nVidia has hit the nail on the head with their native solution - it is fast and combined with the fastest Serial ATA drives on the market you are going to have one very fast computer in the hard drive performance area. The other controllers here aren't bad, it's just that they are let down by the lack of bandwidth available through the aging PCI bus.
Some people may wonder why the score in 3DMark didn't go up at all since the drives on the native controller were so much faster in all other tests. Extra hard drive speed isn't going to give you an increased frame rate. Where it does help is loading times as you could see in our boot time test. Games are going to load faster, things are going to be slightly more responsive but you aren't going to see another 2000 marks in 3DMark. If you're looking at buying two of the same hard drives so your games run faster, it's not worth it. If you're looking at doing it because you want things loading quicker and to be generally more responsive, then you should go for it. Just make sure your choice of drives is done with some research.
If you are setting up a network server in a small office, the nForce 3 250 should also be considered for each system if PCI-X solutions are out of the question. Thanks to its native Serial ATA and Gigabit Networking, you can get the absolute most out of your working environment without having to go out and buy expensive branded servers.
The Western Digital controller is nothing more then a Promise FastTrak S150. This isn't a bad thing as in the future it gives Western Digital the ability to bundle in a controller with two hard drives to help keep cost down.
The Adaptec controller was slightly quicker then the Western Digital and offers all the same features. When it comes to looking at its results compared to nVidia though, you really want to try and avoid a PCI solution and save your dollars for an Athlon 64 setup or wait for solutions from your favorite chipset maker.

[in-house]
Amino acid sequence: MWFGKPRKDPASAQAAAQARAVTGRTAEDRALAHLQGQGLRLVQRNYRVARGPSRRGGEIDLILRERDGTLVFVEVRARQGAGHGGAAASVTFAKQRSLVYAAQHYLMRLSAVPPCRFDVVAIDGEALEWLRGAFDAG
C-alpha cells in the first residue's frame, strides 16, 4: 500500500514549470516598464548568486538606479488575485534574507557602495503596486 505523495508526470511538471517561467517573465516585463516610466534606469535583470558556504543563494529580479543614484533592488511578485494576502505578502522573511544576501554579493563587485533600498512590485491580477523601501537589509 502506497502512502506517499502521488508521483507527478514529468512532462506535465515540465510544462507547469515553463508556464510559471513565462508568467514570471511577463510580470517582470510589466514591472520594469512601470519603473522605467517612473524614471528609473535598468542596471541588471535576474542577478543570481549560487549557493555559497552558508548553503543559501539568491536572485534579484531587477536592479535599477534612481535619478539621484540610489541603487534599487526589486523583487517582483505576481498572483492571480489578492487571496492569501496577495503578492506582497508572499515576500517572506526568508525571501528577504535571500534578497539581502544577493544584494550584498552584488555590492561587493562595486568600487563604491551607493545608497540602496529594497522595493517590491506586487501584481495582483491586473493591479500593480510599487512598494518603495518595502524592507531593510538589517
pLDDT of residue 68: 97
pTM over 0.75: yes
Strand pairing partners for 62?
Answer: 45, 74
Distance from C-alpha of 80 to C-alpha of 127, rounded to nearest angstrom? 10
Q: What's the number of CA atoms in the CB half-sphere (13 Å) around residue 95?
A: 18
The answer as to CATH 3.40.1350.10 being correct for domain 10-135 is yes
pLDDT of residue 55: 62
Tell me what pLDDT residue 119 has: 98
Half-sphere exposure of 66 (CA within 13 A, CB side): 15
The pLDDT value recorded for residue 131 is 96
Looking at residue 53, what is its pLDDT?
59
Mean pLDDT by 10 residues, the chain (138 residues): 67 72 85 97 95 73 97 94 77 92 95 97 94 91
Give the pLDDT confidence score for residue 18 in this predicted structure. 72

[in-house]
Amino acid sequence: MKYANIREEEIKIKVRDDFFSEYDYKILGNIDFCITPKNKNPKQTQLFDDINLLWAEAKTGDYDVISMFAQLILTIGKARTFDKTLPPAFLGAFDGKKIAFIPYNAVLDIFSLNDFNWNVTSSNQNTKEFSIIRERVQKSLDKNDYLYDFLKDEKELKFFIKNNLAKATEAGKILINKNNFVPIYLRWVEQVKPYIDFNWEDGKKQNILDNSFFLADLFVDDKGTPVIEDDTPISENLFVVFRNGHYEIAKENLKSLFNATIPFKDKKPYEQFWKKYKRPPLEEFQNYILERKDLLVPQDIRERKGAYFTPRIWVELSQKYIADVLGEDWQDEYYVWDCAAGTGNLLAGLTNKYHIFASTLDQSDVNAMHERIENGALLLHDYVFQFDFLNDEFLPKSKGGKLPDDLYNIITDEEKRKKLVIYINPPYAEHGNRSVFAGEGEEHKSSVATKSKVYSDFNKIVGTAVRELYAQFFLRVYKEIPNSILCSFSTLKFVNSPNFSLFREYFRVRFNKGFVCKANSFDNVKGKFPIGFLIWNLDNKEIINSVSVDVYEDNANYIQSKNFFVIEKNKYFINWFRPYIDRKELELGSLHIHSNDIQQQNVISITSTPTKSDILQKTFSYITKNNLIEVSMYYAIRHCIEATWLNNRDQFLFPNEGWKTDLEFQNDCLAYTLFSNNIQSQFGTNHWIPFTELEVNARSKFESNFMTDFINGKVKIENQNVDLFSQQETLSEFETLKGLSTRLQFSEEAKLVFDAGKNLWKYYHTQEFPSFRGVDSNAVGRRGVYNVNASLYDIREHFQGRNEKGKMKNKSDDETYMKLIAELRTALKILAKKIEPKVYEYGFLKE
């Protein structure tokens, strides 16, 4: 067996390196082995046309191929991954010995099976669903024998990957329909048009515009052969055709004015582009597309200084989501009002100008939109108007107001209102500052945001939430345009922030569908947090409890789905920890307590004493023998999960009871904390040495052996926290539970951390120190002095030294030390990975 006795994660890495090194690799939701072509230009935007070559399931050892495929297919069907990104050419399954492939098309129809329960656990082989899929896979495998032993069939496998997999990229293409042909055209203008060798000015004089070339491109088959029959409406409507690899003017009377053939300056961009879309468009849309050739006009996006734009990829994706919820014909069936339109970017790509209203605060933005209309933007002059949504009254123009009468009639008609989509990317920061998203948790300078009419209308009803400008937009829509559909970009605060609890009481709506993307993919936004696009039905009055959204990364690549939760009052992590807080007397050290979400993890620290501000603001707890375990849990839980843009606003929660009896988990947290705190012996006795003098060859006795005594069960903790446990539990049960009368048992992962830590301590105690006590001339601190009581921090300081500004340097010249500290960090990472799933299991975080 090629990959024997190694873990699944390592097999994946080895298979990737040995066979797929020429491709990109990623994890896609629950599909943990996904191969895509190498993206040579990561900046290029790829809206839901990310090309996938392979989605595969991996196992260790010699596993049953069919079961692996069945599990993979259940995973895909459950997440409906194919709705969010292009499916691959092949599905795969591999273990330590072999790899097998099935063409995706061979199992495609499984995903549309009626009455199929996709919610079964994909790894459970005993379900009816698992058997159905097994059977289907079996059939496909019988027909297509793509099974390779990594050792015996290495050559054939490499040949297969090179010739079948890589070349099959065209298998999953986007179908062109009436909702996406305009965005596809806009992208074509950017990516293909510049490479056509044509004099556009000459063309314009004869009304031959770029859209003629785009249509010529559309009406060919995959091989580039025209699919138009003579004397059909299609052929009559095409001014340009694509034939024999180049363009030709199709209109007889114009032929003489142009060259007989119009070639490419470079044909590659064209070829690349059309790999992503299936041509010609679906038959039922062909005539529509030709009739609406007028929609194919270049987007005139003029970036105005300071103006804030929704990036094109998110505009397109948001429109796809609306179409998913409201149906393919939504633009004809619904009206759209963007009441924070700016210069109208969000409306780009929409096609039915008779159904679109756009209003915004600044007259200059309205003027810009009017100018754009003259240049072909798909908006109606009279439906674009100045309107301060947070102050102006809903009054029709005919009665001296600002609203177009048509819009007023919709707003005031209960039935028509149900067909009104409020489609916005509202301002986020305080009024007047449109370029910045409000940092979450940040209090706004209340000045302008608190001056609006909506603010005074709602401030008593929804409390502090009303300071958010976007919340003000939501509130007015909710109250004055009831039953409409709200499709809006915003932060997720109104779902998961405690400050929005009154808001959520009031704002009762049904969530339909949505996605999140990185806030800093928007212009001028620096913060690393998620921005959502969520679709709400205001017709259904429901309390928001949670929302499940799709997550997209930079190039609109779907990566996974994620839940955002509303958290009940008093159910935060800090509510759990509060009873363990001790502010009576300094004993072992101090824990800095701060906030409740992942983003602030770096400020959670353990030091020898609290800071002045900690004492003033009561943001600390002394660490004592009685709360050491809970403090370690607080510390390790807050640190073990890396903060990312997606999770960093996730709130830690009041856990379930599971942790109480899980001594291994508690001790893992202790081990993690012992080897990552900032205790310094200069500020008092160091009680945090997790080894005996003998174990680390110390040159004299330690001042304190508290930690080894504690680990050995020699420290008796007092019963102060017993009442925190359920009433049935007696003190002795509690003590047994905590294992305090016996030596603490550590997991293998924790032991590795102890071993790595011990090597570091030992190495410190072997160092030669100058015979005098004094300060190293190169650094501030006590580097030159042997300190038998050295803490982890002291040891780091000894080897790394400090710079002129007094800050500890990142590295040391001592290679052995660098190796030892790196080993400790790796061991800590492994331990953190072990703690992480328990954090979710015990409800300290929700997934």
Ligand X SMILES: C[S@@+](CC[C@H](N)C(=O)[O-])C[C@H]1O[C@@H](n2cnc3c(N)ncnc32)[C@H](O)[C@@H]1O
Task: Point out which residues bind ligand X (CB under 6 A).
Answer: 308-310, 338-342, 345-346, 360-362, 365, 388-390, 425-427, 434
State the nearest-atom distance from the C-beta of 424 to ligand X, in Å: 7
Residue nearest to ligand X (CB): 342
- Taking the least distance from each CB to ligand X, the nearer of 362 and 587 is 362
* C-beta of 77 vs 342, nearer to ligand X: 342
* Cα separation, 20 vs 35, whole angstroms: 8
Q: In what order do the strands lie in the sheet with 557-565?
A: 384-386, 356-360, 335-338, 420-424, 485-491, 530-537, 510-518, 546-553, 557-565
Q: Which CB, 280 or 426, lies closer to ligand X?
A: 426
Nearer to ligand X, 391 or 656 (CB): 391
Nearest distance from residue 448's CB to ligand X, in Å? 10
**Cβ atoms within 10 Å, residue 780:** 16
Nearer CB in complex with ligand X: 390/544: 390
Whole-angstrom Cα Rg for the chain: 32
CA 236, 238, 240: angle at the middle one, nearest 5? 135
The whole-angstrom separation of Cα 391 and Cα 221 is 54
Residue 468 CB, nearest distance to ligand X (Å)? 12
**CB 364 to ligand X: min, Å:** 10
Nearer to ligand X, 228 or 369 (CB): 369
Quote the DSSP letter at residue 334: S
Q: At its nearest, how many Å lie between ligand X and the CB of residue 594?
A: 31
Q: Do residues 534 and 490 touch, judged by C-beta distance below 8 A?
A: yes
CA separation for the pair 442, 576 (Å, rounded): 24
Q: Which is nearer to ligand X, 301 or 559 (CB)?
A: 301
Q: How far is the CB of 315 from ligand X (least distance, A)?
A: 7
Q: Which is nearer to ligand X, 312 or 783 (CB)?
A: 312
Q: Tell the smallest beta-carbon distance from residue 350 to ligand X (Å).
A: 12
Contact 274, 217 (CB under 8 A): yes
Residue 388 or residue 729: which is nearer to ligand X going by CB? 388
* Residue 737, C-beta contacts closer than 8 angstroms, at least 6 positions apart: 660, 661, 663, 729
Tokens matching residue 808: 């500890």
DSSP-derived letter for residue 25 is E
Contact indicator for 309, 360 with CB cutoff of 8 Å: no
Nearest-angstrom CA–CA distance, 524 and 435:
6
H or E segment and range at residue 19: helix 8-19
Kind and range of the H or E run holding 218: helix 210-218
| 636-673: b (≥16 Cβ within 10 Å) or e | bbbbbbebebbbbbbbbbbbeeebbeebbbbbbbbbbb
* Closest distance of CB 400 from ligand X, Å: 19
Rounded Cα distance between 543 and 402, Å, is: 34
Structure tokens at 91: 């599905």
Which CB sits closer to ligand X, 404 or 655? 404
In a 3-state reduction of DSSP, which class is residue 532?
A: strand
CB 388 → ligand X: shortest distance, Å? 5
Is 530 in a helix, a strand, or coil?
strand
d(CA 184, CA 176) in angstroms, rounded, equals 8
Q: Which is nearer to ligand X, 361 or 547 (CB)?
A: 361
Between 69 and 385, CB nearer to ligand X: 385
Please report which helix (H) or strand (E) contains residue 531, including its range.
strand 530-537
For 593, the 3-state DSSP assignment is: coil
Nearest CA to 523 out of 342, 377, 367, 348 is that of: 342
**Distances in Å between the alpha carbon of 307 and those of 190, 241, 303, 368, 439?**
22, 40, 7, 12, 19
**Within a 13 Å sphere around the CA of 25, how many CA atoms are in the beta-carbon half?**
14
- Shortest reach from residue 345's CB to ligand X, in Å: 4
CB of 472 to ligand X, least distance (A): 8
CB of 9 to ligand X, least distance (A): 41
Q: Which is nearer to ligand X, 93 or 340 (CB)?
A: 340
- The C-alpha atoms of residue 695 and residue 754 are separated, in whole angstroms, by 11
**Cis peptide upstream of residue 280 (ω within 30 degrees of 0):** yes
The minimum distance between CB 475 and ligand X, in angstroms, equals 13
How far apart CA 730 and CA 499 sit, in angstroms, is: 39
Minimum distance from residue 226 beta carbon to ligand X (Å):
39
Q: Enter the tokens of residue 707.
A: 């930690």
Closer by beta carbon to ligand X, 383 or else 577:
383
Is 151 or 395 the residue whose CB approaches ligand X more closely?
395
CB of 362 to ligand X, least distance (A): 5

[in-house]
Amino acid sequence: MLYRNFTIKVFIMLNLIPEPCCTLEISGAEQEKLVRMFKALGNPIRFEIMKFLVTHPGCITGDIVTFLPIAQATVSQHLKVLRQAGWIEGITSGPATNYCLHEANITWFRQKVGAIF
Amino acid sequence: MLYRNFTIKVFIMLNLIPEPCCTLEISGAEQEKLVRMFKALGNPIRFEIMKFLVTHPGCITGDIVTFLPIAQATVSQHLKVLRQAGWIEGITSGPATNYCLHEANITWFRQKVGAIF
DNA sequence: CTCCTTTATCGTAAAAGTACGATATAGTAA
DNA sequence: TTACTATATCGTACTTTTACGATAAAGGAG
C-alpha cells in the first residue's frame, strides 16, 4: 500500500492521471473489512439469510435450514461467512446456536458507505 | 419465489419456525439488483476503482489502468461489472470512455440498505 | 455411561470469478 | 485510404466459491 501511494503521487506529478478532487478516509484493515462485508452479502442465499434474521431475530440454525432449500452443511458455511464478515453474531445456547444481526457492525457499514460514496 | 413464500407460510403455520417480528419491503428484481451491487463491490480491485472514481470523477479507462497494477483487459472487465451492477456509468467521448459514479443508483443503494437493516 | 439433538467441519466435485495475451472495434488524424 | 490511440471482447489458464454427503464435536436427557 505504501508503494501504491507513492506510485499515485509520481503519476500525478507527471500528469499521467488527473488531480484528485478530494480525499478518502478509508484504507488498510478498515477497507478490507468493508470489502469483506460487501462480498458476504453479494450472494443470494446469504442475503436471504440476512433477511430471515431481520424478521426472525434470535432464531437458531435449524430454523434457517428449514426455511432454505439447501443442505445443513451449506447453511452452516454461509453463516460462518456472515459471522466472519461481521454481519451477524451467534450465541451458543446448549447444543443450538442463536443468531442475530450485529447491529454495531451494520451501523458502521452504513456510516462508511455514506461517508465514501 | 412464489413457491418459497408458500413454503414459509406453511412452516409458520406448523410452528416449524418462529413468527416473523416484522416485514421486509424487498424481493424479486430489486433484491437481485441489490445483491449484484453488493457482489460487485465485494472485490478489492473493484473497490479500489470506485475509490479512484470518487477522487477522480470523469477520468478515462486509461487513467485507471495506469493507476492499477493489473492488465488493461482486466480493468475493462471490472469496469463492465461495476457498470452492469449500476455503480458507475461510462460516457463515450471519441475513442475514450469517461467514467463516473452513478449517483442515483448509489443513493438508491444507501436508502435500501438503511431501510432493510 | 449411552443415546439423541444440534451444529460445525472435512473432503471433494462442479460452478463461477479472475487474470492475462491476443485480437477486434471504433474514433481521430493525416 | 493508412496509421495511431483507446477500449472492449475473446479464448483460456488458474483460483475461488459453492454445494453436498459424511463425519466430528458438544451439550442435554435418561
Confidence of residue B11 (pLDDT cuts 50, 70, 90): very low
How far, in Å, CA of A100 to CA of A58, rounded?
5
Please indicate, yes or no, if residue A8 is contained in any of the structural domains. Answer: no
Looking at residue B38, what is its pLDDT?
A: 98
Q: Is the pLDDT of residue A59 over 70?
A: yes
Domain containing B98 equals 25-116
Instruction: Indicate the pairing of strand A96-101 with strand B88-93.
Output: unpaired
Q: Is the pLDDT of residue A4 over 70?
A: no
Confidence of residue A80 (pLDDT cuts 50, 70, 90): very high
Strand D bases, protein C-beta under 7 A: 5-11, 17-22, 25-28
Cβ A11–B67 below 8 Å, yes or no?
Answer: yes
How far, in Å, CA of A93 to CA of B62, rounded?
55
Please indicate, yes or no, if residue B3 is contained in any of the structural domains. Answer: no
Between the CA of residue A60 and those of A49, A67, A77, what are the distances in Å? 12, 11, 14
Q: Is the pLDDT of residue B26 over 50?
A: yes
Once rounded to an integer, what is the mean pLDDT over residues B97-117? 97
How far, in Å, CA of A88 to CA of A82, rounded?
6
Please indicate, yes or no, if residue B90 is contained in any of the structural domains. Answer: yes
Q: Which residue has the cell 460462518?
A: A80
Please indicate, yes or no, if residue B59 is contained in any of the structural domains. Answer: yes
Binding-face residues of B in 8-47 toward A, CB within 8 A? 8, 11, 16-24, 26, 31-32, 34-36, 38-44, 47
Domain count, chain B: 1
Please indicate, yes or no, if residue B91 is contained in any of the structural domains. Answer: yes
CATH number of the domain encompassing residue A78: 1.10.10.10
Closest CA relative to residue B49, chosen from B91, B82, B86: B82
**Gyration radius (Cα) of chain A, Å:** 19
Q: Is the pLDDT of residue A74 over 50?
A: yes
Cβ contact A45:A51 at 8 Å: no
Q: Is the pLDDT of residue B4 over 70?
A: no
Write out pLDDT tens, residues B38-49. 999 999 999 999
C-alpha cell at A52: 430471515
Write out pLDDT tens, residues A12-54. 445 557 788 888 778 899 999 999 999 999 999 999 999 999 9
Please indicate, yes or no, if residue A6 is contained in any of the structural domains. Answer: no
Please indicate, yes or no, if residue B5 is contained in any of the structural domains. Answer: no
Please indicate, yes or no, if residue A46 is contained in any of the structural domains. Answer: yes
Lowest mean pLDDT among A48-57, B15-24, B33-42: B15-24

It was interesting to find that the Highpoint was slower across the board in all tests - on average around 20% slower then the competition. This controller does offer more then the other two but this is thanks to the extra ports provided which will come at a higher cost than the others.
Native is the way of the future. It's only going to become more and more popular and with the introduction of PCI Express around the corner we are going to start seeing a high jump in performance figures over the next 12 months.
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- Serial ATA RAID Controllers - Page 1 [Introduction]
- Serial ATA RAID Controllers - Page 2 [Western Digital SATA RAID]
- Serial ATA RAID Controllers - Page 3 [Adaptec 1210SA]
- Serial ATA RAID Controllers - Page 4 [Highpoint 1640]
- Serial ATA RAID Controllers - Page 5 [Native nVidia nForce 3 250]
- Serial ATA RAID Controllers - Page 6 [Benchmarks - Test System Setup & SiSoft Sandra 2004]
- Serial ATA RAID Controllers - Page 7 [Benchmarks - PCMark 2002]
- Serial ATA RAID Controllers - Page 8 [Benchmarks - HD Tach 3.00 BETA]
- Serial ATA RAID Controllers - Page 9 [Benchmarks - X-Bit Labs FC Test]
- Serial ATA RAID Controllers - Page 10 [Benchmarks - Boot Time & 3DMark 2001]
- Serial ATA RAID Controllers - Page 11 [Conclusion]
- We at TweakTown openly invite the companies who provide us with review samples / who are mentioned or discussed to express their opinion of our content. If any company representative wishes to respond, we will publish the response here.
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